Dayton, OH Spec
In 1930, in response to water inspectors' complaints of fire hydrants currently in service, two men decided that the city should undertake the design and manufacture of their own fire hydrants. These two men were Andy Nock, a handyman who was a veteran fireman and supervisor of the fire department maintenance department and Clarence Kosater, head of the hydrant maintenance department.

They bought the iron castings and machined them in the city workshop in old firehouse No. 16, on Jersey Street, just off of East Third Street. They also assembled and painted the hydrants complete and ready to install. Newspaper accounts in 1933 indicate that they claimed their hydrants to be superior to the ones in use and less costly. The city continued manufacture of their hydrants until at least 1948.

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The two known styles designed and manufactured by the city of Dayton are shown below. The city of Dayton still has in service a number of Bourbon Copper and Brass Works hydrants; which may have been the brand of hydrant that the water inspectors' complained about. The hydrants do show evidence of Bourbon hydrant design influence as both have a separate "bonnet cap" and the "flatback" (box) hydrant design has only been seen elsewhere with Bourbon.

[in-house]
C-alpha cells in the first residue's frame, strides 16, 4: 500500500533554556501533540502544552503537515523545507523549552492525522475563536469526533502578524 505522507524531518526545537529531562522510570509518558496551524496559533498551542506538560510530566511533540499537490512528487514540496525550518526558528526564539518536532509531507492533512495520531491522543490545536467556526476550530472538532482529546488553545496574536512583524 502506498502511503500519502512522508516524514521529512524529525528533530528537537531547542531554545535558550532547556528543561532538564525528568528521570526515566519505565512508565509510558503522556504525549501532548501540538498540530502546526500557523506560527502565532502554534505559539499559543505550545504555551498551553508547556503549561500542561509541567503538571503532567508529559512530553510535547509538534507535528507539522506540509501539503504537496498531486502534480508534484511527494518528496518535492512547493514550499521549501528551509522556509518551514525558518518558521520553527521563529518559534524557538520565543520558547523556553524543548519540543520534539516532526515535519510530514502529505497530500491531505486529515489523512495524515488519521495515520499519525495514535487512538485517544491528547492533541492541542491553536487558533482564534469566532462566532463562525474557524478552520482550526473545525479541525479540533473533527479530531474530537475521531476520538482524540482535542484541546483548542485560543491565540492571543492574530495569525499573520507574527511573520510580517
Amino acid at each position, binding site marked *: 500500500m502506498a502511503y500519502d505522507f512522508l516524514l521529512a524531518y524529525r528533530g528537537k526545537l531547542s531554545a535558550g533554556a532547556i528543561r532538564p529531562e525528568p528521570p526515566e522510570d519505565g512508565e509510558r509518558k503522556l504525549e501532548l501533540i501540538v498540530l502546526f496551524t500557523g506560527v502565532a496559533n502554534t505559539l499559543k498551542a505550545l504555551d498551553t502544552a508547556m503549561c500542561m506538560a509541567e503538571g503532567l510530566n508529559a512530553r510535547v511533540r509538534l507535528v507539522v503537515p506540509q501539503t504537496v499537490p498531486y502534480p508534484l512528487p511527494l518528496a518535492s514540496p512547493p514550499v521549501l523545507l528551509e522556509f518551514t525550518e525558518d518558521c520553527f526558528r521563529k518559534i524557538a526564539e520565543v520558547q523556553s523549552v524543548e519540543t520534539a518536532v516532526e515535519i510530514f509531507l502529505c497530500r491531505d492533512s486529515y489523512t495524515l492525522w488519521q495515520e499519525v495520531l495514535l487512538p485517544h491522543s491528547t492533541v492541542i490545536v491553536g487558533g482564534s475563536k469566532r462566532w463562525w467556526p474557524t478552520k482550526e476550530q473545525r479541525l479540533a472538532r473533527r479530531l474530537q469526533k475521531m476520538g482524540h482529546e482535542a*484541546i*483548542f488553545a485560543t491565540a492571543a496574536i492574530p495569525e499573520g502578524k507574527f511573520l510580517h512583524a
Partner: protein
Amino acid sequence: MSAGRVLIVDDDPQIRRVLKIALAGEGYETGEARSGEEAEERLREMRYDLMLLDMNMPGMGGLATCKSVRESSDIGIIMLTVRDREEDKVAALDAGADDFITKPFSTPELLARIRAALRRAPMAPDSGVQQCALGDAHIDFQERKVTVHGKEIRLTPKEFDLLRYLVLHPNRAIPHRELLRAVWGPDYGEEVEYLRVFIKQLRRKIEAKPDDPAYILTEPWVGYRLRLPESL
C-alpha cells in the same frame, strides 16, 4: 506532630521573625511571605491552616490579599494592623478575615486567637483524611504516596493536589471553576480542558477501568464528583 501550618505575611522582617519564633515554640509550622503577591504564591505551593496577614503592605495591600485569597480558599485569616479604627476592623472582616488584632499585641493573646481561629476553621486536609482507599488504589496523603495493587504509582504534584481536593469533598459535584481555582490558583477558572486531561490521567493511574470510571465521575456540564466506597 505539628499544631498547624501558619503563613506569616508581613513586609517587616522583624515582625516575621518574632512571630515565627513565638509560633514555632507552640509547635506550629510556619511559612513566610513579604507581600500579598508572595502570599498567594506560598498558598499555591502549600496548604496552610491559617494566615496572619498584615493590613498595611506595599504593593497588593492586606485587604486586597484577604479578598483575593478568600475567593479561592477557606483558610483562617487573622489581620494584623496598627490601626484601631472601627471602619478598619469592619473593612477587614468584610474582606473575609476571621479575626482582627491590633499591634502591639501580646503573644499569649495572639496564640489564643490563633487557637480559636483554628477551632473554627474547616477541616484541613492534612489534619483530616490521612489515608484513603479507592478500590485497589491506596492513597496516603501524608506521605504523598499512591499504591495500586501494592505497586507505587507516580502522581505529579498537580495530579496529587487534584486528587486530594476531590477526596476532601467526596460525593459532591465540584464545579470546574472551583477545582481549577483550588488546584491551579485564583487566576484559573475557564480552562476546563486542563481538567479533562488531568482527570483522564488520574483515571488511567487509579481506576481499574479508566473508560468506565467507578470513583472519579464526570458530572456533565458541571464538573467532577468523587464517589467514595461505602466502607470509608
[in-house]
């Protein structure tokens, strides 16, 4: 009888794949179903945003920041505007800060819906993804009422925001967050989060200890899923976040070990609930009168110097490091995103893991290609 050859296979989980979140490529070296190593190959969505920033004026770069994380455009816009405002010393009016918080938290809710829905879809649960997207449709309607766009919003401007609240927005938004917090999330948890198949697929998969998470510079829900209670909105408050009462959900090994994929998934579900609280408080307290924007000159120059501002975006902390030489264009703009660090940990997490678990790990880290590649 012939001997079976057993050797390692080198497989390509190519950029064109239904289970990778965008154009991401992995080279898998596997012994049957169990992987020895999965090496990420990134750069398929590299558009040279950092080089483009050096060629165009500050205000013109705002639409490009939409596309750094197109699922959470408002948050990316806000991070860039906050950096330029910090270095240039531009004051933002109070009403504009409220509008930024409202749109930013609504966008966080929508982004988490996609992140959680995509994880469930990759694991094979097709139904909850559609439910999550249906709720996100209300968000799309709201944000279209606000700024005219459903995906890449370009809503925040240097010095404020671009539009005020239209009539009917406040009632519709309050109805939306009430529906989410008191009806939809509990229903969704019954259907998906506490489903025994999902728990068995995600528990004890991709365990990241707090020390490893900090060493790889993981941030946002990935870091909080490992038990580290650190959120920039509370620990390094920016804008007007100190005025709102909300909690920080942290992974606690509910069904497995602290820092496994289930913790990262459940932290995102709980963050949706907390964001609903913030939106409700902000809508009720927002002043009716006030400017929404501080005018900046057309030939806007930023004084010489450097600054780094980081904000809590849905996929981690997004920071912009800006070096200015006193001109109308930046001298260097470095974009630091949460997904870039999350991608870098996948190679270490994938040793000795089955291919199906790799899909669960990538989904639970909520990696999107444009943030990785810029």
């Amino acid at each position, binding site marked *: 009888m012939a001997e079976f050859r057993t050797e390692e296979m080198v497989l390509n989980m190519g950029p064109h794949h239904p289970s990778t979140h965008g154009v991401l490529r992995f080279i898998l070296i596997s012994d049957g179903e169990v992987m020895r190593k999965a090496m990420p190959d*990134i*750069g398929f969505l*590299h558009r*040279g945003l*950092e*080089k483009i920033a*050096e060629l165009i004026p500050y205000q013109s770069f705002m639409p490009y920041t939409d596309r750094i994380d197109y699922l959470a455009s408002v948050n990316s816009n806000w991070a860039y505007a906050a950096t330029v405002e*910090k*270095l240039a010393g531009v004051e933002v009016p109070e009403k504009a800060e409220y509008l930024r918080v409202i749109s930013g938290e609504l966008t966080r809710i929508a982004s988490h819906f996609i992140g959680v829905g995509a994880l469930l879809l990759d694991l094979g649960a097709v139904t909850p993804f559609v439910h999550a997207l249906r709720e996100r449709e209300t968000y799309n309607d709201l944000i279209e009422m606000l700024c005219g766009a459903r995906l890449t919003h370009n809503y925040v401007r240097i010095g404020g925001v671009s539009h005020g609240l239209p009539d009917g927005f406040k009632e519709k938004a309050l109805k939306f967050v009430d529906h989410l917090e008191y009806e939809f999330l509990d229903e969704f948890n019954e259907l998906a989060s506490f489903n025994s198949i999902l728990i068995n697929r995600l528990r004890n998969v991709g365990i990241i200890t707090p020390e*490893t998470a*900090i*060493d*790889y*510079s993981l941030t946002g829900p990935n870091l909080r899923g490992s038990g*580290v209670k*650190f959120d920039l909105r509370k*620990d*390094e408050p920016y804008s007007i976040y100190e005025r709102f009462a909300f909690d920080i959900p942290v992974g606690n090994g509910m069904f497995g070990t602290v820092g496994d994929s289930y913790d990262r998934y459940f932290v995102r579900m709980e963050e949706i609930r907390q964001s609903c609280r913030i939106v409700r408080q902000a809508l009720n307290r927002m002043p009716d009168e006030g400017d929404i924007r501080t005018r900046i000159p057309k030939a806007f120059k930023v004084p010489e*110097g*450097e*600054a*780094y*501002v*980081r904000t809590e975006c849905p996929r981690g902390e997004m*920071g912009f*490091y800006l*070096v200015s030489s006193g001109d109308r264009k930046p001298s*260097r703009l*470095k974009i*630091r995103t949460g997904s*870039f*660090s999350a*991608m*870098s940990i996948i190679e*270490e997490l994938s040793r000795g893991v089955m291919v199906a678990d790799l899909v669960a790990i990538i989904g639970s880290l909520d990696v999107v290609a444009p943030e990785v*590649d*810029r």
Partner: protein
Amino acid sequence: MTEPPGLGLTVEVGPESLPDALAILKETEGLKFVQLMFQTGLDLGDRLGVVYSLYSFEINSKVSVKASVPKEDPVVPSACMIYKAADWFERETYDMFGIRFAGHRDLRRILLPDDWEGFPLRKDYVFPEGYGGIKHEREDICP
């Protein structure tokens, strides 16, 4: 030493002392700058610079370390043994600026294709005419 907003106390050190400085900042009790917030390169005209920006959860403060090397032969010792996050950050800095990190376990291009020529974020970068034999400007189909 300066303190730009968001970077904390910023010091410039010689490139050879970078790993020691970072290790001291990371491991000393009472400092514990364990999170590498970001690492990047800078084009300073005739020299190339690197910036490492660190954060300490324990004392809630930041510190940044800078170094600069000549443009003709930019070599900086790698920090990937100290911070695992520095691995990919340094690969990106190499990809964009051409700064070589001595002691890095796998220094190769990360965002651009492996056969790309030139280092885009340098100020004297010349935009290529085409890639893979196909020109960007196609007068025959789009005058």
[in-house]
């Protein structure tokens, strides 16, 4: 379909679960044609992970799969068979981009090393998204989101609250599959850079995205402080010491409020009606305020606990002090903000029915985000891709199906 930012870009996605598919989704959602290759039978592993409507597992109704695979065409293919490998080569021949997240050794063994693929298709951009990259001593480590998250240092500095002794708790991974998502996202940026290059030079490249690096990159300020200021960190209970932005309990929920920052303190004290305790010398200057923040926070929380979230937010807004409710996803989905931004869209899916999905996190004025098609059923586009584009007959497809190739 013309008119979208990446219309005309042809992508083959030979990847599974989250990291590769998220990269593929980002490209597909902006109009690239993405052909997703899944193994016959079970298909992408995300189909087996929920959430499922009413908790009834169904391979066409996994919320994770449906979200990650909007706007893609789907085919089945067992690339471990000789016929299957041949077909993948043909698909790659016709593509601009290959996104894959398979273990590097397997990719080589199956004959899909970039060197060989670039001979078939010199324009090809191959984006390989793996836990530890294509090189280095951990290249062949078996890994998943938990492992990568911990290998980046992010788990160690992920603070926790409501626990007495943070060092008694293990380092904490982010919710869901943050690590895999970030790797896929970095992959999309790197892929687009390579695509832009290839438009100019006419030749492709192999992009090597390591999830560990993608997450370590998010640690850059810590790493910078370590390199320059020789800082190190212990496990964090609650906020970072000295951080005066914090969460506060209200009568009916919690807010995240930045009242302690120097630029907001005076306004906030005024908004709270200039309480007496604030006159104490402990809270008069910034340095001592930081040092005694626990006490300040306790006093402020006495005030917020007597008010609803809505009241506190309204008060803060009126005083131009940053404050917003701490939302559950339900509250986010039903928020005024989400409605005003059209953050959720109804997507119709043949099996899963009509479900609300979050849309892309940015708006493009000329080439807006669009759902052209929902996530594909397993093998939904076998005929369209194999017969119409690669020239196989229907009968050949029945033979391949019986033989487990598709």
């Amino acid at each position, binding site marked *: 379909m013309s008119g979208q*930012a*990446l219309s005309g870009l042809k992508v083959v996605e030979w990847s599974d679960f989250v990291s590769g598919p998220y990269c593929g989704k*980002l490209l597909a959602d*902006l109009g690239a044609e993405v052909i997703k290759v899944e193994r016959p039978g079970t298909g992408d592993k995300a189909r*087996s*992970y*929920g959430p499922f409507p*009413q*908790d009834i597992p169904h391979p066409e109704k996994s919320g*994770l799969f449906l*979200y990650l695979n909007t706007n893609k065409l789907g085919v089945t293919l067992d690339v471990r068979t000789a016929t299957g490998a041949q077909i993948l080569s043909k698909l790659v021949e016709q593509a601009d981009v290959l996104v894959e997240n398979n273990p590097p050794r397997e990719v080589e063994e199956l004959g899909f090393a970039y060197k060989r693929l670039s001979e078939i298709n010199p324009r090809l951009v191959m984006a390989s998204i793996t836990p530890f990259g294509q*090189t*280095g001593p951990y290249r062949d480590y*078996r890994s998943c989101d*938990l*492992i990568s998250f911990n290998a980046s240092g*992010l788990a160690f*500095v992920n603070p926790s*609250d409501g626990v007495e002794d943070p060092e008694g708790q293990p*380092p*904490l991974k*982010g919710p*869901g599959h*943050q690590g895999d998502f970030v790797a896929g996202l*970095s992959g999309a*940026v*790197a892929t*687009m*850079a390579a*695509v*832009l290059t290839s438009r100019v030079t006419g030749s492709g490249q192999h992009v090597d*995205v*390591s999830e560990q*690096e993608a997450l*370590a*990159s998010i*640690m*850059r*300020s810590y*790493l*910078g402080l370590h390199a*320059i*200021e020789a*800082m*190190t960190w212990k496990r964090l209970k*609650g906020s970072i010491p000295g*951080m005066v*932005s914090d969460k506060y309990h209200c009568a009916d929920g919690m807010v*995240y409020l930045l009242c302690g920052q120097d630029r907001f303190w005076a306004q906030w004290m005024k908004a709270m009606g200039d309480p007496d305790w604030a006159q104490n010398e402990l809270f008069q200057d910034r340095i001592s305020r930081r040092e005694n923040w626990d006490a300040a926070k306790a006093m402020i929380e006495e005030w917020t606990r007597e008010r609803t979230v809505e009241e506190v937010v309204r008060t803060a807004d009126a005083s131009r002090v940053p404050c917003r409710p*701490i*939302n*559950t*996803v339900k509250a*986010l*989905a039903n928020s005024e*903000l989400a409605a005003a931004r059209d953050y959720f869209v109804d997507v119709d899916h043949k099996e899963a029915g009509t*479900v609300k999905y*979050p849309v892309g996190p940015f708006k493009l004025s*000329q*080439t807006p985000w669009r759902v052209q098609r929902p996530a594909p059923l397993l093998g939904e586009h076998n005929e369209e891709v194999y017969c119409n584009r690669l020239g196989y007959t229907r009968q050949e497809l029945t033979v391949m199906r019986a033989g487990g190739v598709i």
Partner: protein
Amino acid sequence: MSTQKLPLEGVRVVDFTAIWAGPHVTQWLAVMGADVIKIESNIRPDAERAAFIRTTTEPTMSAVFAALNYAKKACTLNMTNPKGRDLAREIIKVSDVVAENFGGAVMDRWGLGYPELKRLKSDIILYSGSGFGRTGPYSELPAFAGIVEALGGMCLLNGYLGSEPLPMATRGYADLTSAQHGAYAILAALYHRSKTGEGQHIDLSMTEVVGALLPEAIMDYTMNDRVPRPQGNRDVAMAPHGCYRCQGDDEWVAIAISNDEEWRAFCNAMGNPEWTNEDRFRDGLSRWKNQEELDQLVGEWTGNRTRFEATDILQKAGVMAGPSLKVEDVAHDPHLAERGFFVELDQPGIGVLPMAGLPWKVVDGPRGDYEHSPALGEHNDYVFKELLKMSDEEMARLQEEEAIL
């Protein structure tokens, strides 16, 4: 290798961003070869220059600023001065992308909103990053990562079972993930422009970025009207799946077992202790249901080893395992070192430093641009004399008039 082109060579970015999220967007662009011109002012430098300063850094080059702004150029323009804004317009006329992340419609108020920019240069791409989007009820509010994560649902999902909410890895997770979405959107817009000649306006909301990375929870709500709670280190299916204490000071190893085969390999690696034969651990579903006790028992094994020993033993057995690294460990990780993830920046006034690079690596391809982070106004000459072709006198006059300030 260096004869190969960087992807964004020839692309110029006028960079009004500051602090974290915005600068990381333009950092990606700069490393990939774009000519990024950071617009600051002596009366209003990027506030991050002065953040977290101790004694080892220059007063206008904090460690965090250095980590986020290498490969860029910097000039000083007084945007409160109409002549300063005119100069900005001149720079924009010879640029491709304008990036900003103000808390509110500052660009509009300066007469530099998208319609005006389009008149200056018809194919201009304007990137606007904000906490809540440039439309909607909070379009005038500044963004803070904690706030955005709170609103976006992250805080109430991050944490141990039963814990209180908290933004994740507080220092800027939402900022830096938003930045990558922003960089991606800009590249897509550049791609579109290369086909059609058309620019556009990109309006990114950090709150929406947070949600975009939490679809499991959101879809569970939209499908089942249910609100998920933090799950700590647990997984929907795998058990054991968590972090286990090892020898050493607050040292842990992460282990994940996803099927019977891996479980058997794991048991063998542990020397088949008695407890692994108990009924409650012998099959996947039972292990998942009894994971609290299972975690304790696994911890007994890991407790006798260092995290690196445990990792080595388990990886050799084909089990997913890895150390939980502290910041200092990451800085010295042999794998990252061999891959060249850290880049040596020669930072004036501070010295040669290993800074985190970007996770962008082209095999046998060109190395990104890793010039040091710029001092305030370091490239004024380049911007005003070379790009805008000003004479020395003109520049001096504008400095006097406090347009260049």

• The #1296 hydrant has no markings whatsoever that would indicate origin or size.
  • The #1365 hydrant is marked "CITY OF DAYTON" on the bonnet rim; but also does not have any size markings.

  • 1296
    Nozzles: 2x 2.5", 1x 4"
    Size: ~5" V.O.
    Location: Ed M. collection
    Photo 2001 E. Masminster
    Nozzles: 2x 2.5" gated, 1x 4"
    Size: ~5" V.O.
    Location: Dayton, OH
    Photo 2002 E. Masminster

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